Doughty was born in the East Midlands and grew up in Rutland, in a rural area that later provided the setting for her third novel, 'Honey-Dew'. She now lives in London.
You can find out more about Louise and her books at www.louisedoughty.com. To view Apple Tree Yard on Amazon, click or tap the book cover image at the start of this post (affiliate link).
Have you read Apple Tree Yard?
Warning - plot spoilers!
An incredible (and edible!) murder weapon
One of the most famous murder methods employed by fictional writers is the one used by Roald Dahl in his short story 'Lamb to the Slaughter'. The story tells of a wife who, after learning that her husband plans to leave her, decides to kill him. She bludgeons him with a frozen leg of lamb, then cooks the meat and serves it to the police officers who investigate her husband's death. Ingenious, huh? What a great way to dispose of a murder weapon! And yet another twist on the theme of death by ice.
'Lamb to the Slaughter' is a wonderful short story, but novels are more my thing. So let's examine five examples in which the authors have given their characters ingenious methods for carrying out their murderous intentions. We'll start with P.M. Carlson's 'Murder in the Dog Days'.
1 - 'Murder in the Dog Days' - P.M. Carlson
On a sweltering summer day, (the temperature is highly significant) reporter Olivia Kerr and her husband Jerry invite Olivia's colleague Dale Colby to the beach. At the last minute, Dale decides to remain behind, and his dead body is discovered later on in his locked office. Already an ill man, Dale dies as a result of heatstroke when the temperature of his study reaches an intolerable level. His killer contrives the murder by manipulating the heat in the office via a thermostat, raising it during the day and then readjusting it before the body is discovered. As the office door is bolted on the inside, the crime scene appears to be a perfect locked room murder.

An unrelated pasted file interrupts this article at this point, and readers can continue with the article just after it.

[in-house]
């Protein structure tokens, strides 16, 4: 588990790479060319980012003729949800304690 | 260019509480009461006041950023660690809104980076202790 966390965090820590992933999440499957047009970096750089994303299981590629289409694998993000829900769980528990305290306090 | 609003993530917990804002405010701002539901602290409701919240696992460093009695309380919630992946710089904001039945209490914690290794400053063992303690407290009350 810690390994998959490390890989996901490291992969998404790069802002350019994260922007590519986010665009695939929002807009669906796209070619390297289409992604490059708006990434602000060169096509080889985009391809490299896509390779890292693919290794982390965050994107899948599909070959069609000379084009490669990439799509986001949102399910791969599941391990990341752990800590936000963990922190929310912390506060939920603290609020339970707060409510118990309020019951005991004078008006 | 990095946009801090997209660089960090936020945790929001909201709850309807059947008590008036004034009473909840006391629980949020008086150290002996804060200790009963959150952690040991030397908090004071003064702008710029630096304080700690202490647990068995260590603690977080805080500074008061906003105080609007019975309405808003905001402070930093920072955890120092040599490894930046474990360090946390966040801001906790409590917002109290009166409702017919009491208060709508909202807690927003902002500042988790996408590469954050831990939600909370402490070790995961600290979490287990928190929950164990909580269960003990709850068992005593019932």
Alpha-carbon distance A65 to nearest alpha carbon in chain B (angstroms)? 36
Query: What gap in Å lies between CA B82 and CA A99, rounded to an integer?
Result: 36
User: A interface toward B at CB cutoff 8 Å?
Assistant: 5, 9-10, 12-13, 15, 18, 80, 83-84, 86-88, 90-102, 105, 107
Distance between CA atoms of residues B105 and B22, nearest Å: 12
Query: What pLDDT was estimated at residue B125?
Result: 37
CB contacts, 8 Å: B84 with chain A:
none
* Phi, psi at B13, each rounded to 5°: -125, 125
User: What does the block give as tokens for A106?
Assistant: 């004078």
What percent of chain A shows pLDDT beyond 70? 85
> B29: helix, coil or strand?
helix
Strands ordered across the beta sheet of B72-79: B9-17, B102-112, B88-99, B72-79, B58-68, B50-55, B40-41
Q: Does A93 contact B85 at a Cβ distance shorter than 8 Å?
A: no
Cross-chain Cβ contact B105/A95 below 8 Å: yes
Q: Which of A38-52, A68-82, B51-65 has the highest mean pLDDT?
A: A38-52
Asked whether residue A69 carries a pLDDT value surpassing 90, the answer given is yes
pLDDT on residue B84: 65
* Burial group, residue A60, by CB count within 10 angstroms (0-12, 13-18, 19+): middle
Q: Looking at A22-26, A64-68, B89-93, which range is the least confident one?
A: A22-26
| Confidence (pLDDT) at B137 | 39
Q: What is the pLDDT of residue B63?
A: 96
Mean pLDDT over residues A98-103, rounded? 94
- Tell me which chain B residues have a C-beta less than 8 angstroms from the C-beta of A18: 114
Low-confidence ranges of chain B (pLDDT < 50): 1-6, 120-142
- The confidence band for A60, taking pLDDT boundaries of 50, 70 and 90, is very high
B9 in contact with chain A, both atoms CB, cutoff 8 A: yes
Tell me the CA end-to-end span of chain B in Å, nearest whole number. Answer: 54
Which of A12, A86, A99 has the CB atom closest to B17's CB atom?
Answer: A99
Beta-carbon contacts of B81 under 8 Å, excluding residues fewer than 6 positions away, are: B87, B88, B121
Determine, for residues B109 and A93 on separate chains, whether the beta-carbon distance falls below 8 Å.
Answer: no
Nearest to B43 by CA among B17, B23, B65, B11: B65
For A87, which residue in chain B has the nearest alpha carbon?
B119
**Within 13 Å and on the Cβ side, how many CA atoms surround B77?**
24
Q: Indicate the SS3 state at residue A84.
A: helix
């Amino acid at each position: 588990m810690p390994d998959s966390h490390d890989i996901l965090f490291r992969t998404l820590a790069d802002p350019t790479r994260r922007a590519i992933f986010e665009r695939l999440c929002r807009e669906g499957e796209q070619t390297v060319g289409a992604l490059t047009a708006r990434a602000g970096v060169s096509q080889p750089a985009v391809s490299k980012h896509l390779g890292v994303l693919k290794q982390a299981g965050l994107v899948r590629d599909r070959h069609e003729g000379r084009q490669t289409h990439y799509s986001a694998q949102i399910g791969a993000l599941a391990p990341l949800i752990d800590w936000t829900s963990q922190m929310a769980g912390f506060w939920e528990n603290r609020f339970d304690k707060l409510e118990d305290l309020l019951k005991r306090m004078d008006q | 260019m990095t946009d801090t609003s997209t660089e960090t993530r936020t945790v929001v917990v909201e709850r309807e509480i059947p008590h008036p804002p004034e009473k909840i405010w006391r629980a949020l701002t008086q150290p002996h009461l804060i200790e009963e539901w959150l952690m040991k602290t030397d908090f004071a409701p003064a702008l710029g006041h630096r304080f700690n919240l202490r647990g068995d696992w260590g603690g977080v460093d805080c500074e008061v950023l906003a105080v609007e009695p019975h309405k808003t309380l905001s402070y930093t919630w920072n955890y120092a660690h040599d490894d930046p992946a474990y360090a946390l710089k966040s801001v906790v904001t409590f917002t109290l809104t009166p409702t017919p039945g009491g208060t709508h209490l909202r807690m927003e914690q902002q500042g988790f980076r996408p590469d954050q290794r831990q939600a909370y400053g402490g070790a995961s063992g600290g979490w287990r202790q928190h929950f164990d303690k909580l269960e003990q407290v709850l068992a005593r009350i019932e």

2 - 'Busman's Honeymoon' - Dorothy Sayers
By all acounts, Noakes was a thoroughly dislikeable man, and as the police investigation continues, a number of people emerge as suspects. The killer turns out to be Crutchley, a local garage mechanic who also worked as Noakes's gardener. He planned to marry Noakes's niece and get his hands on the money she would inherit in her uncle's will. The ingenious method Crutchley used involved setting a booby trap with a weighted plant pot on a chain, triggered by Noakes opening the radio cabinet after locking up for the night.
3 - 'The Religious Body' - Catherine Aird
The answer is intriguing and, as the saying goes, hidden in plain sight. Catherine Aird's fictional murderer kills Sister Anne by delivering the fatal blows with one of the newel posts of a staircase. This unusual weapon is rendered more deadly by the heavy wooden ball atop its shaft. After the murder, the post is returned to its original position, to remain right under Inspector Sloan's nose as he investigates the death.
4 - 'A Big Boy Did It and Ran Away' - Christopher Brookmyre
Simon's first murder in the novel is with a mercury-laden icicle, which melts away before the body is discovered. This fictional murder device, sometimes transmuted into an ice bullet, has been used many times, starting with Anna Katharine Green's novel 'Initials Only' (1911), in which a young woman is killed by an icicle shot from a pistol.
Simon's second murder is that of a drug dealer. Darcourt mixes a lethal amount of heroin into a takeaway curry and knocks on the man's door, claiming the food is a pre-paid order from that address. Too greedy to resist, the dealer dies, makes it appear as though his death was from the drugs he supplied. A great example of an unhealthy appetite!
5 - 'Matricide at St Martha's' - Ruth Dudley Edwards